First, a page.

The late Butch Uy at JWT was a passionate visualizer and wordsmith. We’d be in the office on Saturdays just churning out multiple versions of detergent freight. I also admired his no-frills and earnest approach in selling work to clients.

From Mon and Abby Jimenez, I learned to bring out the Pinoy in the work. We’d spend days just sifting and winnowing for the “ethos”, as they called it. They also showed me that work-life balance is paramount.

David Guerrero pushed me to benchmark “the work, the work, the work” against the rest of the world. And then there’s Richard Irvine who affirmed my belief that success and humility can co-exist in a creative person.

BF: What’s your creative philosophy?

RP: It’s best captured by this Leo Burnett quote on my office door: “Make it simple. Make it memorable. Make it inviting to look at. Make it fun to read.”

BF: What is Creativity to you?

RP: I was mainly motivated seeing my work on TV when I started copywriting. I still do. But I have a bigger picture now, if creative ideas can make a difference in somebody’s life - that to me is more significant.

To cheer up somebody’s gloomy day. Generate donations for a cause. Make somebody’s wash a little better. Offer a better alternative to one’s usual thing. How to do this and effectively sell a product or service, that’s what makes our trade fascinating and exciting.

Some creative people think that their work is their art, their selfie. I say: it’s not you but it’s the brand. Your work shouldn’t be a reflection of how “cool” or “hip” you are. These people end up becoming the most cynical about their profession.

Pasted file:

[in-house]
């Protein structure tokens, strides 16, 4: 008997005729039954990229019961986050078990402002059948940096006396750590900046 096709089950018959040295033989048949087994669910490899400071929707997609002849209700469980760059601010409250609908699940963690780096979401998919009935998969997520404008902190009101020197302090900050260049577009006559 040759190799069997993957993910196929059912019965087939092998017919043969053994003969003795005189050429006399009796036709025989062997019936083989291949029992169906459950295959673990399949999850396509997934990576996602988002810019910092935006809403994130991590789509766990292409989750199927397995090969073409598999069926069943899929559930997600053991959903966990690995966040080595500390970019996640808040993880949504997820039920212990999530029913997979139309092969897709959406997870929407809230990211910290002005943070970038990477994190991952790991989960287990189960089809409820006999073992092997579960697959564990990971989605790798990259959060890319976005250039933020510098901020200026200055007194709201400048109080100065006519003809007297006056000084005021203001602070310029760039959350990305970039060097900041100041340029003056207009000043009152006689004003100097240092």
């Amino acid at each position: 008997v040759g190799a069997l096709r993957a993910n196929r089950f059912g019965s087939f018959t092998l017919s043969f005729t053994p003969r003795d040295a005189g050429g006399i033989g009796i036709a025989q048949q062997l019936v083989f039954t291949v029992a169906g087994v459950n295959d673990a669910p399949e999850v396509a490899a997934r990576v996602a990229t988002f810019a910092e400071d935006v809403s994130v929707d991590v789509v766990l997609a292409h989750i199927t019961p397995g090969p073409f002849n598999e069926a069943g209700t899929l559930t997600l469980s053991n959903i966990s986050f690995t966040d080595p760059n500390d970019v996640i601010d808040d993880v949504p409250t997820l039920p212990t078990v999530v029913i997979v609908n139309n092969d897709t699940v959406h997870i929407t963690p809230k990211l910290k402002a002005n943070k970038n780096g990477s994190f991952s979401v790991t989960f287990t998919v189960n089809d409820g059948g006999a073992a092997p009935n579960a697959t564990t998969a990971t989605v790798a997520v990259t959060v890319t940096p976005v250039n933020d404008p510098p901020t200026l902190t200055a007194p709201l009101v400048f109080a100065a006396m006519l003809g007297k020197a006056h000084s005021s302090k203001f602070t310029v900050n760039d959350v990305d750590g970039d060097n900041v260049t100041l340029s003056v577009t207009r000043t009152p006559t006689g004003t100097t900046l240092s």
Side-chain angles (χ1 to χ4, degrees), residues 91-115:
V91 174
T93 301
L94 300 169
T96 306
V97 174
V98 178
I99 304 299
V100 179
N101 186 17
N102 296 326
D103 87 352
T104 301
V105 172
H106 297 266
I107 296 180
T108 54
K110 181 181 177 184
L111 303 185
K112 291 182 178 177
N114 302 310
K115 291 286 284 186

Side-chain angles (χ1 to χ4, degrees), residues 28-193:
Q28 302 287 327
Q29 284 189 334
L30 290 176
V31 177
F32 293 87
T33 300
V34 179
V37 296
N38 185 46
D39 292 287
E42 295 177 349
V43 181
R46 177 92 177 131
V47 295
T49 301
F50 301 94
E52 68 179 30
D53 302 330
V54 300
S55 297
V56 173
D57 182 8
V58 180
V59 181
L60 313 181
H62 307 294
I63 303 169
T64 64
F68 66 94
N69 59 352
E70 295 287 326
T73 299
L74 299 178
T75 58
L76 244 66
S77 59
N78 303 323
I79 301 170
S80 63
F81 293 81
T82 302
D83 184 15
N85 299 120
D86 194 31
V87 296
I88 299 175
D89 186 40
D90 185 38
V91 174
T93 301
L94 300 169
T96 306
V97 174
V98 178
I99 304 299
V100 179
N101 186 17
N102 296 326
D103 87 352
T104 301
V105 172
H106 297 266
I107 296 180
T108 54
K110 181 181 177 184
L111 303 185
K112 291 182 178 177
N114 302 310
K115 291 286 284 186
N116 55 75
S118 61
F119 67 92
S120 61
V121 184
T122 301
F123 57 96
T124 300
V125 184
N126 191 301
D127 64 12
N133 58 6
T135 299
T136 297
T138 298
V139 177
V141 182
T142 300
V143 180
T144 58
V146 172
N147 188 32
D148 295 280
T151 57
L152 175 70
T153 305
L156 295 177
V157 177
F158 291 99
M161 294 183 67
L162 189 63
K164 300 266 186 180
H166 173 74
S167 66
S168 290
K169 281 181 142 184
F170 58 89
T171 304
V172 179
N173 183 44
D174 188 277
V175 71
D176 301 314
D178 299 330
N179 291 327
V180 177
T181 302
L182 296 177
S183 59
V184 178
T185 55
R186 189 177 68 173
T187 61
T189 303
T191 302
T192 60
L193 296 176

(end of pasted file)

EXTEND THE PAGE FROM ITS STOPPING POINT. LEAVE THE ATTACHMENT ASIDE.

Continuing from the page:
BF: What do you think are some of the great Filipino ad campaigns made over the last 10 years?

RP: I have to go even way back. I’ve always liked those old San Miguel beer ads – “Isang Platitong Mani” and the lot, the glory days of PAC. Watching those as a kid motivated me, in part, to get into advertising.

Superwheel ads by JWT - classic riffs on Cleopatra and other characters. Of course, there’s Burnett’s Lolo TVC for McDonald’s – voted Ad of the Decade by the Creative Guild a few years ago. Up to now, people fondly remember the “Karen-Gina” lines.

More recently, I think the social media-driven tourism campaign by BBDO is smart work, given the tight budgets.

BF: Inspiring words that you can share to PDI readers.

RP: The world doesn’t revolve around advertising. So one must work harder to make the work stand out. And just when you think everybody thinks you’re a creative genius, you’re not – because the rest of the world has bigger things to worry about.

BF: The ad campaign that you are most proud doing and why.

RP: Right now I think it’s the McDonald’s work we’re doing. Our clients value creativity. The ads get creative recognition. But the bigger thing for me is that they’re creating or strengthening bonds with the brand among consumers. People talk about them spontaneously and this helps in the business. We can’t stay happy though. You’re only as good as your last work.